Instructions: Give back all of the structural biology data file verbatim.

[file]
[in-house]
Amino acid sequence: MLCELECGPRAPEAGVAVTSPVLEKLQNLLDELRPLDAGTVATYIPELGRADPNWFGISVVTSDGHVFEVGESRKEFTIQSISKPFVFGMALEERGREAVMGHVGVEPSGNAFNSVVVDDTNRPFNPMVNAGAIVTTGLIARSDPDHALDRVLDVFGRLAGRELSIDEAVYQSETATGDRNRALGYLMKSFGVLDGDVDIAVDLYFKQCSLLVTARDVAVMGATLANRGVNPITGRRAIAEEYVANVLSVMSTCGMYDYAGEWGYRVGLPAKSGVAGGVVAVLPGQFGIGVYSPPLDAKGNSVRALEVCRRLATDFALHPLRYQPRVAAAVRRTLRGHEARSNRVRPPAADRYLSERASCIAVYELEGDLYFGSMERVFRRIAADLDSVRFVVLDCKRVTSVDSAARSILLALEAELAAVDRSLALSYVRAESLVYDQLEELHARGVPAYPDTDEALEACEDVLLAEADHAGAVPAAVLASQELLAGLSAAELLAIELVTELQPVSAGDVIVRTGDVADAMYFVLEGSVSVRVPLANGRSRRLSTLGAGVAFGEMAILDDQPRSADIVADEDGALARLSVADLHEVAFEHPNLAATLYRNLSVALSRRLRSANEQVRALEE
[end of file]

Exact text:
[in-house]
Amino acid sequence: MLCELECGPRAPEAGVAVTSPVLEKLQNLLDELRPLDAGTVATYIPELGRADPNWFGISVVTSDGHVFEVGESRKEFTIQSISKPFVFGMALEERGREAVMGHVGVEPSGNAFNSVVVDDTNRPFNPMVNAGAIVTTGLIARSDPDHALDRVLDVFGRLAGRELSIDEAVYQSETATGDRNRALGYLMKSFGVLDGDVDIAVDLYFKQCSLLVTARDVAVMGATLANRGVNPITGRRAIAEEYVANVLSVMSTCGMYDYAGEWGYRVGLPAKSGVAGGVVAVLPGQFGIGVYSPPLDAKGNSVRALEVCRRLATDFALHPLRYQPRVAAAVRRTLRGHEARSNRVRPPAADRYLSERASCIAVYELEGDLYFGSMERVFRRIAADLDSVRFVVLDCKRVTSVDSAARSILLALEAELAAVDRSLALSYVRAESLVYDQLEELHARGVPAYPDTDEALEACEDVLLAEADHAGAVPAAVLASQELLAGLSAAELLAIELVTELQPVSAGDVIVRTGDVADAMYFVLEGSVSVRVPLANGRSRRLSTLGAGVAFGEMAILDDQPRSADIVADEDGALARLSVADLHEVAFEHPNLAATLYRNLSVALSRRLRSANEQVRALEE